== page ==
Specimens from fourteen outcrops of bedrock in the Gulf of Maine were collected with the submersible Alvin and include one felsic aphanitic pyroclastic rock, two calc-alkalic granites, and eleven peralkalic granites. The peralkalic granites range from hypersolvus to subsolvus varieties and exhibit slightly different textures and mineralogical features that reflect minor differences in their local crystallization and subsolidus histories. Similar chemistry and zircon ages of 400 to 450 m.y. indicate that all of these peralkalic granites from the gulf are genetically related. On the basis of similar mineralogy, texture, rock chemistry, and primary radiometric ages, these granites are interpreted to have been intruded during the same igneous episode as the subaerial alkalic granites of eastern Massachusetts.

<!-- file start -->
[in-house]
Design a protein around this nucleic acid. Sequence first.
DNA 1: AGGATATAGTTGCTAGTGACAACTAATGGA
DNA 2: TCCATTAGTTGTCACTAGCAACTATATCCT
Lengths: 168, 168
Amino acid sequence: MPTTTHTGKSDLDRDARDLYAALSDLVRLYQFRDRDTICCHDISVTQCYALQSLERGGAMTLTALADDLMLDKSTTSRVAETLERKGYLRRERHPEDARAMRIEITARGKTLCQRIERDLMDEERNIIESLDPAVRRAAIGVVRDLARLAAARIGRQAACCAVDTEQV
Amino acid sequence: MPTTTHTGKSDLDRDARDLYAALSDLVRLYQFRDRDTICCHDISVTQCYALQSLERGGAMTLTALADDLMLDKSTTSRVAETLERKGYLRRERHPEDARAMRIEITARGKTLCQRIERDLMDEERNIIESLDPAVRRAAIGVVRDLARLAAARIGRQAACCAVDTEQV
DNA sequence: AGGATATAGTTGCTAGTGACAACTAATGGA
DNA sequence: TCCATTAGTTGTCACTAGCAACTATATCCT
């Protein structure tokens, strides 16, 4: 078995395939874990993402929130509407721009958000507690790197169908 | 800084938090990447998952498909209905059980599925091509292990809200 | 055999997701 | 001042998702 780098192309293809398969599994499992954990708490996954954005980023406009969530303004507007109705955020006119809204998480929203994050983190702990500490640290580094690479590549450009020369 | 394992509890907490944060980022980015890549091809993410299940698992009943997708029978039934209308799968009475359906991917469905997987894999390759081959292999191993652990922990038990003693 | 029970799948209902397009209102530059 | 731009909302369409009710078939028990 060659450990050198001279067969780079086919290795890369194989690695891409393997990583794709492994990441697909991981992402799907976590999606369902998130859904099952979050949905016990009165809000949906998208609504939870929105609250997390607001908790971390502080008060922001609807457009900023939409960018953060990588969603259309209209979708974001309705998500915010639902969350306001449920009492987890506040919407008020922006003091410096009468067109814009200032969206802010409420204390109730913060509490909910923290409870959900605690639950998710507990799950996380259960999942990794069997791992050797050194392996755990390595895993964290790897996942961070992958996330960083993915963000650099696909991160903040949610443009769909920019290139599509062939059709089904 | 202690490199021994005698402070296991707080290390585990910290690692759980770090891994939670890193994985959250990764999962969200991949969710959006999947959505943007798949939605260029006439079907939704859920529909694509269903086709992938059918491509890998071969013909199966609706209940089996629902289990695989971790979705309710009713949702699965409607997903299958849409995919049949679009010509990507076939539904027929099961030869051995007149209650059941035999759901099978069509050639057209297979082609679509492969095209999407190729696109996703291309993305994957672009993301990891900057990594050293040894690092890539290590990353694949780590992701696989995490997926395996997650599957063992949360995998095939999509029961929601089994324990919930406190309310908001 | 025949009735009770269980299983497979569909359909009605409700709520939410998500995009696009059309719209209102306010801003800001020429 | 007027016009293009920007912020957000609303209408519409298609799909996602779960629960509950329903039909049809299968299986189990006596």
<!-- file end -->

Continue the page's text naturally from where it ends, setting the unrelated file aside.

The Gulf of Maine lies within the Avalon Platform province. The local occurrences of Upper Ordovician–Lower Silurian alkalic granites may indicate an igneous-tectonic episode that accompanied intraplate epeirogenic doming following the major compressional phase of the Taconic orogeny which more severely deformed rocks farther west. Emplacement of alkalic granite probably was completed before renewed plate convergence and the final phase of Acadian plate collision during Devonian and throughout much of the rest of Paleozoic time.